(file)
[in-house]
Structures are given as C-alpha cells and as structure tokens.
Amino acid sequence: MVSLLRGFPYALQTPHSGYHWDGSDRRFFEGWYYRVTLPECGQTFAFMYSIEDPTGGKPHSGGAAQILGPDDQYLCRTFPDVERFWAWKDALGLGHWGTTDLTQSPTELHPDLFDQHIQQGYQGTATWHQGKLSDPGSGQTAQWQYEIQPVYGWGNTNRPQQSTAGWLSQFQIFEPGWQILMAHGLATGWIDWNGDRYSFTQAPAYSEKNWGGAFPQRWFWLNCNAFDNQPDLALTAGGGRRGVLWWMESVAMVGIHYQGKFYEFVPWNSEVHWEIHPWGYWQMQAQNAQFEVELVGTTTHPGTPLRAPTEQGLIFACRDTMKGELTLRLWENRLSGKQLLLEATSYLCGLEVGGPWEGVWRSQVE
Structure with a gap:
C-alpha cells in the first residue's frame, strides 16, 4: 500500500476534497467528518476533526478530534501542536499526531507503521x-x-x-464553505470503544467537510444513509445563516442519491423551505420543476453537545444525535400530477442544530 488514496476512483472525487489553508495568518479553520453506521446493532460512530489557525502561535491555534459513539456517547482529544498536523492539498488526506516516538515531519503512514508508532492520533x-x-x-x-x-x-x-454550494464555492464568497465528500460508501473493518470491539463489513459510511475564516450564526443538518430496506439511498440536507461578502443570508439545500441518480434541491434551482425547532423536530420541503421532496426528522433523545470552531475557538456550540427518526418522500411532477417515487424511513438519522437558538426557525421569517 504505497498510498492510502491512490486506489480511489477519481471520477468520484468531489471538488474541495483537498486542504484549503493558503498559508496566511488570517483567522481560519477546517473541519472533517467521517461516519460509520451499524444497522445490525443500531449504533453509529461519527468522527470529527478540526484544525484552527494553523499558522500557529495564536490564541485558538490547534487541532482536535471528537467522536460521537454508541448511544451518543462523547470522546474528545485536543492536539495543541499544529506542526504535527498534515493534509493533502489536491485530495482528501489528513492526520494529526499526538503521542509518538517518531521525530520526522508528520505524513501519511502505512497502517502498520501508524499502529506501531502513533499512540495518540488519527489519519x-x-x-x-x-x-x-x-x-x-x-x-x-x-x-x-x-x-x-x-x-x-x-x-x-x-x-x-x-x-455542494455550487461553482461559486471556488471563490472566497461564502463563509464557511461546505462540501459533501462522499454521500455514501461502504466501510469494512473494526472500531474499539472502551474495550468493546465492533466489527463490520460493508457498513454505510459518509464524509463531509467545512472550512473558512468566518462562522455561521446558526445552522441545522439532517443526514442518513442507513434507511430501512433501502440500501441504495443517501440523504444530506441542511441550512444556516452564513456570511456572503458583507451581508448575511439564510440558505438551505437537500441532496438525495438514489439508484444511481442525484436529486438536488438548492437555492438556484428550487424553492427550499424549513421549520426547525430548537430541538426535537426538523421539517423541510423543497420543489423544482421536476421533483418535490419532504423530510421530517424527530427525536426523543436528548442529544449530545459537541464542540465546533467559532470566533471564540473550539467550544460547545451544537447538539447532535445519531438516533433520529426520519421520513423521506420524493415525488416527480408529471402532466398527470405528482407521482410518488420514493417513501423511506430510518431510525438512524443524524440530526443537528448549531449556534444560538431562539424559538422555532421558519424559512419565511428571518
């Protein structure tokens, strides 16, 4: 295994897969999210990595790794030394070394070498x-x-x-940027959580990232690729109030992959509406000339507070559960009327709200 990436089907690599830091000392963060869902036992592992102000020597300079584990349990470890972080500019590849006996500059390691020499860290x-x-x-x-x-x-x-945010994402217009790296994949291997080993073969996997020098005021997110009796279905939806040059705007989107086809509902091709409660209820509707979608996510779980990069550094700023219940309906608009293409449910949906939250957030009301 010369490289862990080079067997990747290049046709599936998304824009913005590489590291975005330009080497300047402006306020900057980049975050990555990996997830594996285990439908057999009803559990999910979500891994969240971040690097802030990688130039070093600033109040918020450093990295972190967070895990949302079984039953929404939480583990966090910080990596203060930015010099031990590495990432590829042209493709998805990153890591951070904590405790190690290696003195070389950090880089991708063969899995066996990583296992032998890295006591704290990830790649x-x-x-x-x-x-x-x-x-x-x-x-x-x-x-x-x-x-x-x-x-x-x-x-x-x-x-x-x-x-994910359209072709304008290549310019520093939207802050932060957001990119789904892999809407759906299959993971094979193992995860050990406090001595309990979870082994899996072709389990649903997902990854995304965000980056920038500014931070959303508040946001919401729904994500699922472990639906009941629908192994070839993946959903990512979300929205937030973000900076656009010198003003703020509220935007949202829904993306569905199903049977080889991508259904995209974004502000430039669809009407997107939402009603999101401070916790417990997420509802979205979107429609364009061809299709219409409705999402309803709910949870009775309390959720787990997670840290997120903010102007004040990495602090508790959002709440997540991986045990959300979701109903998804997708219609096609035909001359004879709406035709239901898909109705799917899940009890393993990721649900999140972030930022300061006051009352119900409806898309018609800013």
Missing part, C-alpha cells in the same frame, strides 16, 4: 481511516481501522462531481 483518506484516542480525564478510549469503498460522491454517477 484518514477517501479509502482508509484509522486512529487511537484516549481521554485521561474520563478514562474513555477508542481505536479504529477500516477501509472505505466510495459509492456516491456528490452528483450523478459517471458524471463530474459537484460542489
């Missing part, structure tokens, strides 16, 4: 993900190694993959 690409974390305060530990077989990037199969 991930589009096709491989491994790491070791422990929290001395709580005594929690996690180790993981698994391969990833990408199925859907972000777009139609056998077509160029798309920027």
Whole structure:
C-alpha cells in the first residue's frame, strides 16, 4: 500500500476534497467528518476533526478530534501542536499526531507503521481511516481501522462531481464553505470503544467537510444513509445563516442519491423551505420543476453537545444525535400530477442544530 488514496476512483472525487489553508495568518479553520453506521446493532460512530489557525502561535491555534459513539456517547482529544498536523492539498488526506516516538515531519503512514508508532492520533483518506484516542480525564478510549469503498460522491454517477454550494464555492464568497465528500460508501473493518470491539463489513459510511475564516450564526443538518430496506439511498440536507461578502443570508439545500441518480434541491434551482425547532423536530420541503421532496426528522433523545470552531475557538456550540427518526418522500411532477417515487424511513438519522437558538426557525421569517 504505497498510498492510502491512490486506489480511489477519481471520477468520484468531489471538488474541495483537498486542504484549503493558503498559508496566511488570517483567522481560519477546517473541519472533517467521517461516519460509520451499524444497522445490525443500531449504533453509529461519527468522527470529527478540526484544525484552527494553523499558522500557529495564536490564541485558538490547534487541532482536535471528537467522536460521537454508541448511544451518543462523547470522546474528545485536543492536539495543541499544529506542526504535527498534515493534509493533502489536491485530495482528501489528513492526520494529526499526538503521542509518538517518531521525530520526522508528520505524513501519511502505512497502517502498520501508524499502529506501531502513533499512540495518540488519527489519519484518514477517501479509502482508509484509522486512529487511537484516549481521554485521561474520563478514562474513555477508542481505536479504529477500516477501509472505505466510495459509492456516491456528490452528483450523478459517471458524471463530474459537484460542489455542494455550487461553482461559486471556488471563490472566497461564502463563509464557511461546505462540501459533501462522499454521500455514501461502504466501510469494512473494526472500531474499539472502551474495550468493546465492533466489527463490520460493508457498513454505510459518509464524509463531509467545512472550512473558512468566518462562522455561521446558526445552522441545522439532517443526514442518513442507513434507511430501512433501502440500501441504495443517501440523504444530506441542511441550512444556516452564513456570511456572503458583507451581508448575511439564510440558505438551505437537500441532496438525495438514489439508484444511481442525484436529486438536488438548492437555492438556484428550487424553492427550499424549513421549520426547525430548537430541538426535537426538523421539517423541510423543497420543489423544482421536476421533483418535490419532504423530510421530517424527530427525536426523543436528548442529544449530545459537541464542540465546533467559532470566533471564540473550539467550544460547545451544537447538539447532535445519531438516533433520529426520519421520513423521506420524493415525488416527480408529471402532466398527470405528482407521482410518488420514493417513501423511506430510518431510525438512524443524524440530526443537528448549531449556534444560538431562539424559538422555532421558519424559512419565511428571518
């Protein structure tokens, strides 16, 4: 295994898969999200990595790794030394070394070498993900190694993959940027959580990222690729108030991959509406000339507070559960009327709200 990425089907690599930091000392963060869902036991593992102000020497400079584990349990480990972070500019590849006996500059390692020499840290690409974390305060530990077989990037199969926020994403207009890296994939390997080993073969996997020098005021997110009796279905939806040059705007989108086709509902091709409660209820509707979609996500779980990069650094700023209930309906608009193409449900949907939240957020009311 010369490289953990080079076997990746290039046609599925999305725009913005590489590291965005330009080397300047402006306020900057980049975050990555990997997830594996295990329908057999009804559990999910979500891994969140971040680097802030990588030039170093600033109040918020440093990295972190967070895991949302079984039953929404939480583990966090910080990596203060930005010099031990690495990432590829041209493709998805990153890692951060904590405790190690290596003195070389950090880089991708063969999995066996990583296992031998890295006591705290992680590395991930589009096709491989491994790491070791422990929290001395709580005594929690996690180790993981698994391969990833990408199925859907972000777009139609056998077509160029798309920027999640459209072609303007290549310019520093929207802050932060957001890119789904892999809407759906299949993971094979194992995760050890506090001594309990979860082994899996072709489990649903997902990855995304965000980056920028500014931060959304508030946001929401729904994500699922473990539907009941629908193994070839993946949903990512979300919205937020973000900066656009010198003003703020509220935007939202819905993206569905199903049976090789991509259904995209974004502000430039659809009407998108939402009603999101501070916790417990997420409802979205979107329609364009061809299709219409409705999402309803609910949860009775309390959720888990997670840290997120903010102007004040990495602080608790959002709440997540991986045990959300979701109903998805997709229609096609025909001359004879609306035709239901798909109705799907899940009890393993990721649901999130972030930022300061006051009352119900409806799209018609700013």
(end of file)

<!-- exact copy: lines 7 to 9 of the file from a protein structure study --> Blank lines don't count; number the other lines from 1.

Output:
Missing part, C-alpha cells in the same frame, strides 16, 4: 481511516481501522462531481 483518506484516542480525564478510549469503498460522491454517477 484518514477517501479509502482508509484509522486512529487511537484516549481521554485521561474520563478514562474513555477508542481505536479504529477500516477501509472505505466510495459509492456516491456528490452528483450523478459517471458524471463530474459537484460542489
């Missing part, structure tokens, strides 16, 4: 993900190694993959 690409974390305060530990077989990037199969 991930589009096709491989491994790491070791422990929290001395709580005594929690996690180790993981698994391969990833990408199925859907972000777009139609056998077509160029798309920027």
Whole structure: